The opinion, released last week, states that “such ordinances are beyond the legitimate authority of a unit of local government” because they would infringe upon the state’s rights to regulate medical practices and the distribution of controlled substances.
The opinion was written by the Assistant Attorney General James M. Herrick in response to Johnson County Attorney Michael S. Endicott’s request for the opinion. The county was about to make a final decision about a pain clinic ban ordinance draft which was similar to the one already passed in Knott County. The opinion from the Attorney General’s office was also written in response to requests from Owsley County and the City of Booneville.
In the opinion, Herrick writes the factors the ordinances contain to determine whether or not a facility is a pain clinic “could apply to the medical practices of licensed physicians,” and states that such ordinances are “in conflict” with statutes upheld by the General Assembly.
The opinion also states that oversight of pain clinics within Kentucky is left to the Board of Medical Licensure.
Herrick concludes that the Office of the Attorney General “fully acknowledges the scale and depth of the social problems posed” by illegal drug trafficking in Kentucky, but that “the enactment of that remedy (to solve the issue of pain clinics) is reserved to the General Assembly.”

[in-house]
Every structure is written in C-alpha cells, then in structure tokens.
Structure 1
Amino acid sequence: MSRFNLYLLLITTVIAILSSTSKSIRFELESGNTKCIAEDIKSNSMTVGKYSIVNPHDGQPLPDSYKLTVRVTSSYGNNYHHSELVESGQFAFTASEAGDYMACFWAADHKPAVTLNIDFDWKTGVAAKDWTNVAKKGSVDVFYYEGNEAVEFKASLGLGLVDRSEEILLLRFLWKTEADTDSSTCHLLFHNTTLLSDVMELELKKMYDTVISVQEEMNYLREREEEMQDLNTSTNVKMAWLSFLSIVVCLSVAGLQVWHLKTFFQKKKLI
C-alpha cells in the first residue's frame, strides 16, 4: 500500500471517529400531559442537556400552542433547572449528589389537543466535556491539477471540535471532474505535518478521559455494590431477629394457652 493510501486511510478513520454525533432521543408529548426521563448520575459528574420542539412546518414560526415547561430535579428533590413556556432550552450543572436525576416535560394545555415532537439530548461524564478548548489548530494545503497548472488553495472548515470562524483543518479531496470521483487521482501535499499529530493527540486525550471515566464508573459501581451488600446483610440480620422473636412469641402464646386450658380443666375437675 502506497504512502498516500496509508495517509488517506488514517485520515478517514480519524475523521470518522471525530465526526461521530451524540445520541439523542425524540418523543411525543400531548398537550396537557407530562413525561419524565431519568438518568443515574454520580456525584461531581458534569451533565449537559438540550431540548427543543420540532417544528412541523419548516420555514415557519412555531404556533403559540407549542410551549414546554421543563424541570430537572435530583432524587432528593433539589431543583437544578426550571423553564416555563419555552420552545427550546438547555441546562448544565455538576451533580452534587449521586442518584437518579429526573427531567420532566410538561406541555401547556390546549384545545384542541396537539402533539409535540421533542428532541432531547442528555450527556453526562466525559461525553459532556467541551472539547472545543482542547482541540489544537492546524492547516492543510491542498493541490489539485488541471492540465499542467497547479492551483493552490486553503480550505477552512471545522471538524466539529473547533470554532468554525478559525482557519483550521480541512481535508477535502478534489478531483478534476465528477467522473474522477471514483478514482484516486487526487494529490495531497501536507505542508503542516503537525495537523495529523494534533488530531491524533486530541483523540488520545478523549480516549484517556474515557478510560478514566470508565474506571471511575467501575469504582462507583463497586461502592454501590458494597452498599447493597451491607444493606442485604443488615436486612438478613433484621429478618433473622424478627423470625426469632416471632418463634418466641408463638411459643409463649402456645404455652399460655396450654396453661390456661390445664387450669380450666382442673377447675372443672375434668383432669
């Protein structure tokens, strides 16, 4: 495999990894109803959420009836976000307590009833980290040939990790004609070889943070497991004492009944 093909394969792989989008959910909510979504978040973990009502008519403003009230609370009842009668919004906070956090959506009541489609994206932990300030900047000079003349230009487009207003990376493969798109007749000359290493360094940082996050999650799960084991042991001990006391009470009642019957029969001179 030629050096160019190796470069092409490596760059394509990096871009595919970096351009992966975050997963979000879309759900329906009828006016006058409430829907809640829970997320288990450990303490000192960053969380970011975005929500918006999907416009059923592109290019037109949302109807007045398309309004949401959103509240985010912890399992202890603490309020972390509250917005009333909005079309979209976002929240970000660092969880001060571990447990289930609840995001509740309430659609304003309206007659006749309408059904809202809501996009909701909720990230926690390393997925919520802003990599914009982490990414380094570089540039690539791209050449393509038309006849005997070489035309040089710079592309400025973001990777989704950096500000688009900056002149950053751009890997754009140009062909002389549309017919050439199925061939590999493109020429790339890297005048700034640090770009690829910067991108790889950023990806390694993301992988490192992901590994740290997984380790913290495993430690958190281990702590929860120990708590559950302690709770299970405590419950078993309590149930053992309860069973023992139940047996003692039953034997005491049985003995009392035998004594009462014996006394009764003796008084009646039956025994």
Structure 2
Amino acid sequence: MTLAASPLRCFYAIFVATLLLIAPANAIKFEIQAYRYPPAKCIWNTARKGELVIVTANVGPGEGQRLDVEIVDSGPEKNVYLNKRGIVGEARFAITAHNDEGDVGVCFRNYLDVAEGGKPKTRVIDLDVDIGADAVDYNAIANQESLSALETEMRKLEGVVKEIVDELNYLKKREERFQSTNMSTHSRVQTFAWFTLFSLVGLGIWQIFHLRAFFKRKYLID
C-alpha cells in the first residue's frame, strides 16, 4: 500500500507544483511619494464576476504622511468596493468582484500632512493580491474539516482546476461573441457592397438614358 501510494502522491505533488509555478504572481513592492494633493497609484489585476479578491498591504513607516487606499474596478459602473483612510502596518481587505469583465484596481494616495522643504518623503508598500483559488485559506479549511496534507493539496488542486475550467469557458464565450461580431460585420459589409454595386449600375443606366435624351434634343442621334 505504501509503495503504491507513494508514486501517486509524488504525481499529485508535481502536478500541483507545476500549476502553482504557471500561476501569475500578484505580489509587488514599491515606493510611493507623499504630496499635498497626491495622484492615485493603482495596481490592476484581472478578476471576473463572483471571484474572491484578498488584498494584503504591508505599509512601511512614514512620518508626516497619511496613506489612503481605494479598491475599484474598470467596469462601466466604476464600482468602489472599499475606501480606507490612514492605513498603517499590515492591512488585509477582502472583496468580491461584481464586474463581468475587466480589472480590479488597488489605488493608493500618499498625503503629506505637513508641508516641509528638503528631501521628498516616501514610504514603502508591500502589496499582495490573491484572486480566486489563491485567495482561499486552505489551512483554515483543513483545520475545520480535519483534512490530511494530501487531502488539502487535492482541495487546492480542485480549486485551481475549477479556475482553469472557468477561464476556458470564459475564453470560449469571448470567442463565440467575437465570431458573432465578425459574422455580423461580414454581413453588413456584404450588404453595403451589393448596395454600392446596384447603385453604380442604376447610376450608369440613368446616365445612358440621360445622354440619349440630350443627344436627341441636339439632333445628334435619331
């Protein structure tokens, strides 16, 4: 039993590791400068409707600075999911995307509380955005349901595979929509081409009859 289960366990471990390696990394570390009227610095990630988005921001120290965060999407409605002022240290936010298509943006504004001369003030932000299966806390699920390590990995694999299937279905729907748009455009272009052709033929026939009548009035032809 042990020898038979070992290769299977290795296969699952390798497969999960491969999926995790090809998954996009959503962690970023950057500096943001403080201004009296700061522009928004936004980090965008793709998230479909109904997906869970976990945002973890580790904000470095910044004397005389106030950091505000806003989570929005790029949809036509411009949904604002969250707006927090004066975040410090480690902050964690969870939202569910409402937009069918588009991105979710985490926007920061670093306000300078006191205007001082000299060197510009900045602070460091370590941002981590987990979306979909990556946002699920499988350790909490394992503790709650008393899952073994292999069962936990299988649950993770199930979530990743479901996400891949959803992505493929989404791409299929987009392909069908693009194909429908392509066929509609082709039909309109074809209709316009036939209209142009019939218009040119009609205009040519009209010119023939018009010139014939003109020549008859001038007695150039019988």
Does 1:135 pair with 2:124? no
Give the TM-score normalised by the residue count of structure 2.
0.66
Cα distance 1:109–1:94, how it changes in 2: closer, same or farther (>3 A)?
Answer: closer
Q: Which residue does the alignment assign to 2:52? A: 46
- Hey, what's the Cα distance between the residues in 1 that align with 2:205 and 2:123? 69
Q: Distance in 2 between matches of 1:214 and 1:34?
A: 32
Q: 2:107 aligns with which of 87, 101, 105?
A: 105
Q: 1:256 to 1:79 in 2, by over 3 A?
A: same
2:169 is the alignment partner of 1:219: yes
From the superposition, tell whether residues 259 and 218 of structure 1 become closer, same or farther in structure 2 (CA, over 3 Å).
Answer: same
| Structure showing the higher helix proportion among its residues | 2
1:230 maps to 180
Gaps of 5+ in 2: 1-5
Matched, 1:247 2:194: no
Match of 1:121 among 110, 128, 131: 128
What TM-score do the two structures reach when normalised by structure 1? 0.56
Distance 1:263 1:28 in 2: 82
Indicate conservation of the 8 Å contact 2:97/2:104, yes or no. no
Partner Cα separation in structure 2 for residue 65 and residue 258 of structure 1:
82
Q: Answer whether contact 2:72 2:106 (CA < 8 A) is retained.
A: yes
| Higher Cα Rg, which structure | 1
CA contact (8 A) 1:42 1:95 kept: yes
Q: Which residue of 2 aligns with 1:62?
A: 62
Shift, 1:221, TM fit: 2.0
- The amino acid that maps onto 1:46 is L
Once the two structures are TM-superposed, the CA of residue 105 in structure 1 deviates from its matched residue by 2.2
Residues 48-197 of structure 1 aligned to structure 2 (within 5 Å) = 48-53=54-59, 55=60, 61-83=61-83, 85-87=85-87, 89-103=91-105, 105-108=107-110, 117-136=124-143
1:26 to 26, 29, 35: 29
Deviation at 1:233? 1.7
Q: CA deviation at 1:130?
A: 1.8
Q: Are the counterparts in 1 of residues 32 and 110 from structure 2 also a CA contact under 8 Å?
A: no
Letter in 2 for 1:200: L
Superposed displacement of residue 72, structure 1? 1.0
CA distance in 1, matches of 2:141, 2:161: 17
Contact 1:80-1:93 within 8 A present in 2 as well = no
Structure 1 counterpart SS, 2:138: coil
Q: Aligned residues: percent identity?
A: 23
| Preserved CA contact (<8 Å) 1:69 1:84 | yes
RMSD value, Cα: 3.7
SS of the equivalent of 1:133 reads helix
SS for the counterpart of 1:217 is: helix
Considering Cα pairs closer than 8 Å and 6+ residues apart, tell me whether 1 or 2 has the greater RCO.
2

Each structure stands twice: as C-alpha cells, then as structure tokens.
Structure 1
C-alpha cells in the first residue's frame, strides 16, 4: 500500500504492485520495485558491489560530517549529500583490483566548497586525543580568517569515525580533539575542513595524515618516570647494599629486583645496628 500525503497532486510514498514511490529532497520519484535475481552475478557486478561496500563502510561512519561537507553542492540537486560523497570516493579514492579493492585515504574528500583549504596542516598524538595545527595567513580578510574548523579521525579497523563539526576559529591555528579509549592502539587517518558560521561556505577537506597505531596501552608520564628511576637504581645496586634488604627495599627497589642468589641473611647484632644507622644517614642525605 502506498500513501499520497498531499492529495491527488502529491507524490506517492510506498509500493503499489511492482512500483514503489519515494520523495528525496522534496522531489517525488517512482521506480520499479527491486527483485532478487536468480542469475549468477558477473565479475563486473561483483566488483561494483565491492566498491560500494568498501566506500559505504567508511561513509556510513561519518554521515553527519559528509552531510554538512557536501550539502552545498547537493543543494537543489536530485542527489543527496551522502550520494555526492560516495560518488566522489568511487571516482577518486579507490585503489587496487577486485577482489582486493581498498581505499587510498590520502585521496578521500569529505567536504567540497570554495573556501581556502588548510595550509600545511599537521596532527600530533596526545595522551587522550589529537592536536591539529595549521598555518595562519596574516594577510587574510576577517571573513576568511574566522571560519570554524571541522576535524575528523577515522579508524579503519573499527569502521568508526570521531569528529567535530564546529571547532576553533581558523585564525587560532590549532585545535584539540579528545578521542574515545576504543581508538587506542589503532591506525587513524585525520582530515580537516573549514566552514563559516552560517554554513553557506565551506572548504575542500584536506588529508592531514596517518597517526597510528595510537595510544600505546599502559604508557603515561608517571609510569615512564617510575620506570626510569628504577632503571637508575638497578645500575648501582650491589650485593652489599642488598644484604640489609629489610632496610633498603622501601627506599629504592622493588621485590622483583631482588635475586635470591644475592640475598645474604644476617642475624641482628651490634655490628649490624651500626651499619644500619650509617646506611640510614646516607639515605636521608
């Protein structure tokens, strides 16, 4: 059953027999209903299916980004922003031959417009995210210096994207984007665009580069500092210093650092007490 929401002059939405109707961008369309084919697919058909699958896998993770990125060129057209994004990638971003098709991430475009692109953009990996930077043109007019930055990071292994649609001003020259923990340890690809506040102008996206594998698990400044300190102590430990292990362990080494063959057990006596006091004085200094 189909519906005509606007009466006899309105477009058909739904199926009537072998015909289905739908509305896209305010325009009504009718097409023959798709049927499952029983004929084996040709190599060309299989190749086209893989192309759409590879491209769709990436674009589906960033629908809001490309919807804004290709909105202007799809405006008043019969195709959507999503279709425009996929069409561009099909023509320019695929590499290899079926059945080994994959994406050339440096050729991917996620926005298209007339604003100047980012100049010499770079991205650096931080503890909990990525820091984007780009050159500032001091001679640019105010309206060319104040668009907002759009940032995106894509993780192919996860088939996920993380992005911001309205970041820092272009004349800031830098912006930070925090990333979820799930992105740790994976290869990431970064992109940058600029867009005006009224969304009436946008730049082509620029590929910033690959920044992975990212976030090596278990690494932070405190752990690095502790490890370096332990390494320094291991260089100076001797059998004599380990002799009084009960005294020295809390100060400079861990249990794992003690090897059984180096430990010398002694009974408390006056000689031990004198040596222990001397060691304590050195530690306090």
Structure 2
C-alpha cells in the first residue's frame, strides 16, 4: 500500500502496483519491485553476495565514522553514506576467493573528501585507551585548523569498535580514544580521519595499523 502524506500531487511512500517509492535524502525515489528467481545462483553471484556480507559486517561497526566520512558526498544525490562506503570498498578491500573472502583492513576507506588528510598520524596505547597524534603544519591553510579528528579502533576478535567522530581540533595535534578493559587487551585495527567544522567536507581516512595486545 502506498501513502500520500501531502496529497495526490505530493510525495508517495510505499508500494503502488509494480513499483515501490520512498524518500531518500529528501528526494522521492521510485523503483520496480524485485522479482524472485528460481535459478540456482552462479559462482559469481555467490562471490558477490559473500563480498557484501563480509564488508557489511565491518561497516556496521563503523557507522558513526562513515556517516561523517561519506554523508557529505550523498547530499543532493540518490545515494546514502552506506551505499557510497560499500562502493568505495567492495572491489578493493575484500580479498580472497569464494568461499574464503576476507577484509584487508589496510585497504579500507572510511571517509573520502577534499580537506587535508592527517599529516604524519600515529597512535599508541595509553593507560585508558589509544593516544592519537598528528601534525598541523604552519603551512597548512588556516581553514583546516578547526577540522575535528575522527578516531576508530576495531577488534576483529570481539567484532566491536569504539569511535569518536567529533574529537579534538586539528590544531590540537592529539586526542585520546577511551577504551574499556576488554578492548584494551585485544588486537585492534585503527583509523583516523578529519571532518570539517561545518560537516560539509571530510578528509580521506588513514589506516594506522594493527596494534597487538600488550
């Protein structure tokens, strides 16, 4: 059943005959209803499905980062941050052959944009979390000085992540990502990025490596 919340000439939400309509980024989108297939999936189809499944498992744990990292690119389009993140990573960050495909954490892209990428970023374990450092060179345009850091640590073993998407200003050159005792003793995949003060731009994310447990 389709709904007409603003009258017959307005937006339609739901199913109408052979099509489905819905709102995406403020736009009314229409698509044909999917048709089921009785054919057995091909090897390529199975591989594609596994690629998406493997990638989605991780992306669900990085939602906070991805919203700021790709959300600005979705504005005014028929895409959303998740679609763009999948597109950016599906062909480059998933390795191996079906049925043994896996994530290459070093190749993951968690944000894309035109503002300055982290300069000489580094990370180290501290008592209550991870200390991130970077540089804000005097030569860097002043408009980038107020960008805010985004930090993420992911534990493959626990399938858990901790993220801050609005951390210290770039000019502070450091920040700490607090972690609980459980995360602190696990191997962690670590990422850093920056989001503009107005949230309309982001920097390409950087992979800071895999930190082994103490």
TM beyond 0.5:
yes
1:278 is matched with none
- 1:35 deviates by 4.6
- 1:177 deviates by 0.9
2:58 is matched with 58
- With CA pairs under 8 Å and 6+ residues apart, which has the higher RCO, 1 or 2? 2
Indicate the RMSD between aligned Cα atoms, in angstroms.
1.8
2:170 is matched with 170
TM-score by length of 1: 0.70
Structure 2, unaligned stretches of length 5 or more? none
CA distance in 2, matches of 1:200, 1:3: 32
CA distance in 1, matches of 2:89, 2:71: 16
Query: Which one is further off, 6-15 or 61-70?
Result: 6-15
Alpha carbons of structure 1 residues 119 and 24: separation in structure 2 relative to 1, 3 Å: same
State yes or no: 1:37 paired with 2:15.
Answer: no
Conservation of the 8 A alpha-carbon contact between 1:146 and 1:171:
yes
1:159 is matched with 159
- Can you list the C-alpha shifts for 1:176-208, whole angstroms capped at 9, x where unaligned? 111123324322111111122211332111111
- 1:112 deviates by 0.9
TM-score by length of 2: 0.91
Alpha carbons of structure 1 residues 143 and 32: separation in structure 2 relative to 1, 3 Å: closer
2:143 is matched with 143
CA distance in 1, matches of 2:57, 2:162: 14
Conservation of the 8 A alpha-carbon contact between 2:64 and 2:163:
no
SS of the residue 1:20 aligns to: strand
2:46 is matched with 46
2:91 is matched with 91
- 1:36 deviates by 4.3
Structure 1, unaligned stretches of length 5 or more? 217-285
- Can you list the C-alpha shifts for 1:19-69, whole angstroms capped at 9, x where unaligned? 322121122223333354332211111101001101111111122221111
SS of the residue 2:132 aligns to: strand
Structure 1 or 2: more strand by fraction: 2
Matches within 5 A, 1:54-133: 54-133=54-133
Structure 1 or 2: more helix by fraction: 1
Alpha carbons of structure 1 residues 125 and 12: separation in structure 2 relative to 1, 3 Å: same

Judge-Executive Denny Ray Noble said he did not agree with the opinion of the Attorney General’s office and that this opinion would “kill [Perry County’s] ordinance” which the County Attorney, John Carl Shackleford, was currently in the process of drafting.
Shackleford could not be reached for comment before publication, but Noble said the County’s next step in terms of the ordinance will be left to Shackleford’s decision.
The opinion does not say county governments can’t outlaw pain clinics regardless, but if they do so, they could be sued under Kentucky statutes.
“There should be a law passes allowing county governments to do something (about pain clinics),” Noble said.
He said he understands that some people truly do need pain management services to deal with chronic pain, but when so many people attend certain facilities in such numbers that the line to receive services extends out the door, this is suspicious behavior. This was something Noble said Perry County’s ordinance was going to address.
He also said that if a pain clinic is going to operate legally, there needs to be a doctor who has a clean record on site and all patients requesting services need to submit to background checks and properly vetted to determine the level of their pain.
Another meeting of the pain clinic ban task force was scheduled for last night and Noble said this opinion would likely be discussed with Shackleford. He added that something needed to be done in order to control what have become known as “pill mills.”
“At some point, something’s going to have to be done because we’re losing a lot of people,” Noble said.